iPads to save Woolies millions
WOOLWORTHS, whose normal role is feeding its supermarket customers, last week fed its 890 store managers a technology diet. It gave them each an iPad.
The big iPad rollout took place at the end of Woolworths' national conference in Sydney and was greeted with excitement and cheers.
"You should have seen the reaction of our store managers when we announced they would get an iPad," said Tjeerd Jegen, Woolworths managing director of Australian supermarkets and petrol. "They were thrilled. They started shouting and yelling and when we told them (about) the apps on their iPads, they couldn't believe it."
Woolworths says that from this week, its store managers will cease spending time in backroom offices using desktops to decipher instructions from head office and manage stock levels.
Instead, they will be visible in stores with their iPads in hand. Their duties will include answering customer emails because this week Woolworths launched a mail system for staff and customers alike.
Mr Jegen said the company estimated that store managers spent about eight hours a week behind a desk, so their freeing up represented a saving of millions of dollars. It was vital staff were at the leading edge of technology as Woolworths' customers were generally tech savvy.
"If you look at the way our store managers work, they spend quite a few hours each week behind the desk but their job should be on the shop floor with their staff, with their customers," Mr Jegen said.
"That's the reason we started to move quite a lot of the technology they have on their desktops to the iPad with applications they would normally do on the desktop to the iPad.
"We estimate it will take about eight hours out of somebody's week in terms of the time being wasted behind a screen in the office which they can now use productively on the shop floor."
The iPad rollout was done in an exceedingly short timeframe, Mr Jegen said. "Normally these IT projects for us take years. This was done in eight weeks," he said.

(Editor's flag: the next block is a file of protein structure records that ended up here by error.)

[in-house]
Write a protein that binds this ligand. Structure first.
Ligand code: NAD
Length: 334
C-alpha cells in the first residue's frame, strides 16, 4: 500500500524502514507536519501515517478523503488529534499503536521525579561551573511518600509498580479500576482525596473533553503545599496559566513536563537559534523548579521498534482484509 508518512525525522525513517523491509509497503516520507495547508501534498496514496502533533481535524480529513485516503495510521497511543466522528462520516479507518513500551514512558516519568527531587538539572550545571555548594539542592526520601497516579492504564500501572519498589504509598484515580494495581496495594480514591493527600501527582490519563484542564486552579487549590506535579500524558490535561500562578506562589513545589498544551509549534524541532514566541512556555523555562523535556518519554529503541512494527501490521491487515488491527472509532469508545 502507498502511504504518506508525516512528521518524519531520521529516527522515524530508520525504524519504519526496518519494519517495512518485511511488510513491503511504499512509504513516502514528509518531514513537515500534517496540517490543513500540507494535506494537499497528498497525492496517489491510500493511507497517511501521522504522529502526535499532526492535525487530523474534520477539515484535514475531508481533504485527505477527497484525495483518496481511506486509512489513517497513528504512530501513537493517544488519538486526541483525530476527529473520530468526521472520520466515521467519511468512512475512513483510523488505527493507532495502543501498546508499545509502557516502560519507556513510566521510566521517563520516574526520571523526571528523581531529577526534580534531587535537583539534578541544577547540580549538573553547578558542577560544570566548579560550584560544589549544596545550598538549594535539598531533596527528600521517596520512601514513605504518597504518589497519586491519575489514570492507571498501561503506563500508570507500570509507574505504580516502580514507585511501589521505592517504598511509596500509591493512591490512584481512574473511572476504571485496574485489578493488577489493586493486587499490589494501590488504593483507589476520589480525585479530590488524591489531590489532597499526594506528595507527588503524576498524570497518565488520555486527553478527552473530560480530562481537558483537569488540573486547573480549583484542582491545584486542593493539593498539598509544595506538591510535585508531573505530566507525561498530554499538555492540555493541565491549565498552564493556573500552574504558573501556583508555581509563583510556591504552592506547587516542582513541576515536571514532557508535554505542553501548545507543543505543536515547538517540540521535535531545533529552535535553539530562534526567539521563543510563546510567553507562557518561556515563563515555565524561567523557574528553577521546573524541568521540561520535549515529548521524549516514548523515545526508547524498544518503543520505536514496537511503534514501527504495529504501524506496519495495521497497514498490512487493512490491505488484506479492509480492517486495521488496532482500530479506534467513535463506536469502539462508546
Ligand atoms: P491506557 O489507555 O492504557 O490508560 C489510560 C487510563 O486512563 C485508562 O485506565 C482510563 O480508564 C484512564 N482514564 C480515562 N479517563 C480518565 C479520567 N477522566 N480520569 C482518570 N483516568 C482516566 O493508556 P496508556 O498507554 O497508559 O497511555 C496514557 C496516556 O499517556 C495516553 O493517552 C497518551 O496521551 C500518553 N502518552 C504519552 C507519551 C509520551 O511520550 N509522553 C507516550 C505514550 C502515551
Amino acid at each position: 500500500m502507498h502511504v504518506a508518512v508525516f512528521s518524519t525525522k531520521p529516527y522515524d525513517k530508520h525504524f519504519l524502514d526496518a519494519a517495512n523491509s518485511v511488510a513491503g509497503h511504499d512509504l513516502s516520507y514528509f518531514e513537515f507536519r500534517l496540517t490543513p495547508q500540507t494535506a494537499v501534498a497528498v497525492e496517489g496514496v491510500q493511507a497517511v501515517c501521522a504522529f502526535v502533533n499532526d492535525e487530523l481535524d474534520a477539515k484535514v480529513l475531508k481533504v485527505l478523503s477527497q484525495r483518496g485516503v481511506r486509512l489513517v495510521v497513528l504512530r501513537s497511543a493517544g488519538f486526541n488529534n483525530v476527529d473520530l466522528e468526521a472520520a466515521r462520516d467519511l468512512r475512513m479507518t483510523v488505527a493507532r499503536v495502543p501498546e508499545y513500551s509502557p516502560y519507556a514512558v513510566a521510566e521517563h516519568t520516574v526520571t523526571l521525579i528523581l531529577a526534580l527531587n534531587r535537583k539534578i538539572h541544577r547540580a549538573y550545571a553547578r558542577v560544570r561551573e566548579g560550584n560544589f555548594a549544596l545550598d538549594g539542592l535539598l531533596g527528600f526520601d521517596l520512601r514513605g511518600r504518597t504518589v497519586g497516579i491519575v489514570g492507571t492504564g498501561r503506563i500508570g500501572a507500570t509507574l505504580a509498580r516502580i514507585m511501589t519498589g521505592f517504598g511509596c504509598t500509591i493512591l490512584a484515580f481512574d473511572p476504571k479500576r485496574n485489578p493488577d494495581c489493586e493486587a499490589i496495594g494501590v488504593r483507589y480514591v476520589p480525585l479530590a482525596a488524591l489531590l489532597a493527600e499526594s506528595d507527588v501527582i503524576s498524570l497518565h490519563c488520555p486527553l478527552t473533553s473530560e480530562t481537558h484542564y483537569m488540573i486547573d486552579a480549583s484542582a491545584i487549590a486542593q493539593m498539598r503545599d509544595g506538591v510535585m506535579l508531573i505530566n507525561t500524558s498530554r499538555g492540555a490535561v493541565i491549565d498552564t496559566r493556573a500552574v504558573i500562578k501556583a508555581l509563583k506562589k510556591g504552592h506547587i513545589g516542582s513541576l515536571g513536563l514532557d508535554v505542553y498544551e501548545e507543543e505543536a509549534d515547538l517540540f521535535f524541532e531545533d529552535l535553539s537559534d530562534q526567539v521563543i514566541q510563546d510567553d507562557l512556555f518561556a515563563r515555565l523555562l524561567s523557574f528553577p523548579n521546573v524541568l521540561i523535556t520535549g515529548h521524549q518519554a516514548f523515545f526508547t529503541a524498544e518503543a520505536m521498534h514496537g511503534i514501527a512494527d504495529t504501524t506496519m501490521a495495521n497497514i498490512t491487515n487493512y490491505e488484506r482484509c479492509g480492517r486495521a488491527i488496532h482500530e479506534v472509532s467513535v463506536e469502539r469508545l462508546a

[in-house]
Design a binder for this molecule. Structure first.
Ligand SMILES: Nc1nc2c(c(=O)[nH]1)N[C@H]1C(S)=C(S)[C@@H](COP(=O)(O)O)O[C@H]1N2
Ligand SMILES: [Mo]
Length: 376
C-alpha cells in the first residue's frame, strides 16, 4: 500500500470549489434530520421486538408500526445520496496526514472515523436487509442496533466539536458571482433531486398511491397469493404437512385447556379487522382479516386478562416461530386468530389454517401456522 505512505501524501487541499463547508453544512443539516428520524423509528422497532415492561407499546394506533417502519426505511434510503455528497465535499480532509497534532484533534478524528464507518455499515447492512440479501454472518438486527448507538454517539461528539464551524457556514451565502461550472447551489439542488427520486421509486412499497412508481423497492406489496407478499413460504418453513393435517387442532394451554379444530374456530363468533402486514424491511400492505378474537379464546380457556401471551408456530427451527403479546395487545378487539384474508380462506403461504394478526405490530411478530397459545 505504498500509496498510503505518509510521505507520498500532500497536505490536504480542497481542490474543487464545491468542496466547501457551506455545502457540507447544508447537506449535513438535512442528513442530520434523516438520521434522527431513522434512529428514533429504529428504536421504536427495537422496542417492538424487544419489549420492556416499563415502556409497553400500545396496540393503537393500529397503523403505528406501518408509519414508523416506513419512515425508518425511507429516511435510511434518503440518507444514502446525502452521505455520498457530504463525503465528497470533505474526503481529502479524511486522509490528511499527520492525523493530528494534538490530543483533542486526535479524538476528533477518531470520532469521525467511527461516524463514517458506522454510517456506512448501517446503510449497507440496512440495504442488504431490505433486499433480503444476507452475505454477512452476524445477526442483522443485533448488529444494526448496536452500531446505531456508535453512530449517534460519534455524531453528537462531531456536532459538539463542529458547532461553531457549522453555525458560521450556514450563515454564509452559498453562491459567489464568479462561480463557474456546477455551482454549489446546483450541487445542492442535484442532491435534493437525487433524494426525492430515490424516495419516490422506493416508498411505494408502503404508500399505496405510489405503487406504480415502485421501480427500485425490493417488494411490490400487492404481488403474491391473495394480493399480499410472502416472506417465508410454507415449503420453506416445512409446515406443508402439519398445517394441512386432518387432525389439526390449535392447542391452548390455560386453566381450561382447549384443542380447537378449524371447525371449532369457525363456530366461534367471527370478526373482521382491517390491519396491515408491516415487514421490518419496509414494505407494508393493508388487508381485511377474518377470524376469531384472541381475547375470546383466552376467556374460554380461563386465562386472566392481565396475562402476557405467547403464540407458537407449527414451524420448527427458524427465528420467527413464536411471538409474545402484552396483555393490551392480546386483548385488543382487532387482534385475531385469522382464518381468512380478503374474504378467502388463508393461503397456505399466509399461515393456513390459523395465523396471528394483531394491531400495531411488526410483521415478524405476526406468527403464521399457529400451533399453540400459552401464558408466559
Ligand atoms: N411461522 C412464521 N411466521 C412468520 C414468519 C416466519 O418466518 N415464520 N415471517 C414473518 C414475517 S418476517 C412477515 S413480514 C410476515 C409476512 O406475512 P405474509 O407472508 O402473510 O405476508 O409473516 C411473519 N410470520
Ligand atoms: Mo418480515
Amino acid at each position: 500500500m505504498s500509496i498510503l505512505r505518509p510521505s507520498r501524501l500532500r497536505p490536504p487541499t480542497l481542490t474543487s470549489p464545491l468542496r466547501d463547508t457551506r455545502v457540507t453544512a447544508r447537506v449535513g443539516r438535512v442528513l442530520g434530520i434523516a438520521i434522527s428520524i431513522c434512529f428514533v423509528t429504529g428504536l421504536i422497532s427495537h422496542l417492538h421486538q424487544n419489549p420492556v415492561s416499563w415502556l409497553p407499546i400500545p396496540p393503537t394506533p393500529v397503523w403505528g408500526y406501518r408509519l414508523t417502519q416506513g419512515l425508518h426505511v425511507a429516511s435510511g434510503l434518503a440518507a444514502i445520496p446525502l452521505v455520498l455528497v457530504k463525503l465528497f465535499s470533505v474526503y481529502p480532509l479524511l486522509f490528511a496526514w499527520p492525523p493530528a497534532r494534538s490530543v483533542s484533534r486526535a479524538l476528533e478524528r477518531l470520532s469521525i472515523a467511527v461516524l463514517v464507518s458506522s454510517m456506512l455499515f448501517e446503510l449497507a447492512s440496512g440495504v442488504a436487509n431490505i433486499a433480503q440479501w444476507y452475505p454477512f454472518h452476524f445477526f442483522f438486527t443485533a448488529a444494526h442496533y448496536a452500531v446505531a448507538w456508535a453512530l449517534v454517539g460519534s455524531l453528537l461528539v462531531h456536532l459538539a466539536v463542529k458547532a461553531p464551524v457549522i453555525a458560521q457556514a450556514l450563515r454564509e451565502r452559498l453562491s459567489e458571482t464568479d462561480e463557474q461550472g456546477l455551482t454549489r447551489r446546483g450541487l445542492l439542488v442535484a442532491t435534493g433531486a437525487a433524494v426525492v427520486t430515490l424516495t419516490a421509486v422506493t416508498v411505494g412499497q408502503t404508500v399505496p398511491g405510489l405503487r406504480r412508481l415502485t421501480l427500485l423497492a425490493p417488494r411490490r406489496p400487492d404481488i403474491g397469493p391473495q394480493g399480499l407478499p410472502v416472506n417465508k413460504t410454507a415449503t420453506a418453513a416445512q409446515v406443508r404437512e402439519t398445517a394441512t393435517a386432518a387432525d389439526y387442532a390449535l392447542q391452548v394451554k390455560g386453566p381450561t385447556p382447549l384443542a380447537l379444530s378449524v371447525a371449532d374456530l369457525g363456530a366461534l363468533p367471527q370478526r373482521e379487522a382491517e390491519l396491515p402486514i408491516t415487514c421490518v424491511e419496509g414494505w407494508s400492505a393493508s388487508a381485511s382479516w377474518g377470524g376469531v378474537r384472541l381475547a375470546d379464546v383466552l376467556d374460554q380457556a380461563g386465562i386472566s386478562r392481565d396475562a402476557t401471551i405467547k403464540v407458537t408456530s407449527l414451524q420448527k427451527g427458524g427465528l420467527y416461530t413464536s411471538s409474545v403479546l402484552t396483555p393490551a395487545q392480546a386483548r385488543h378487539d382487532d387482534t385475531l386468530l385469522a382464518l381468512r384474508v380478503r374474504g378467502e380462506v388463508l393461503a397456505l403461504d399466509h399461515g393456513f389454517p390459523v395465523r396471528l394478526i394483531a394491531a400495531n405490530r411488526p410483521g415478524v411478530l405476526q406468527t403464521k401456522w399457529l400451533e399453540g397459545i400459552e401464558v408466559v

All stores now have individual email addresses and customers can ask managers directly about products or register email complaints to their local supermarket.
Managers will handle calls to the help desk, log complaints on the spot and organise staff rosters, all while on the go on their tablet computer.
The rollout is the latest episode in the chain's rapid uptake of technology. It includes the adoption of SAP technology to overhaul merchandising, point-of-sale and retail systems across all Woolworths' brands. There was last year's rollout of shopping apps for the iPhone, iPad and Android, which allow customers to organise shopping trips instore and virtually buy and pay for groceries from afar. An app for Big W also was released.
In February this year, the chain unveiled a trial virtual supermarket at Sydney's Town Hall station that let customers view groceries in display windows and buy them with their mobile phones. IPads had already been rolled out to 90 regional managers.
It is a big shift for a national company that had relied on an old form of IRC (internet relay chat) for internal communications rather than a ubiquitous email system many organisations have used for decades.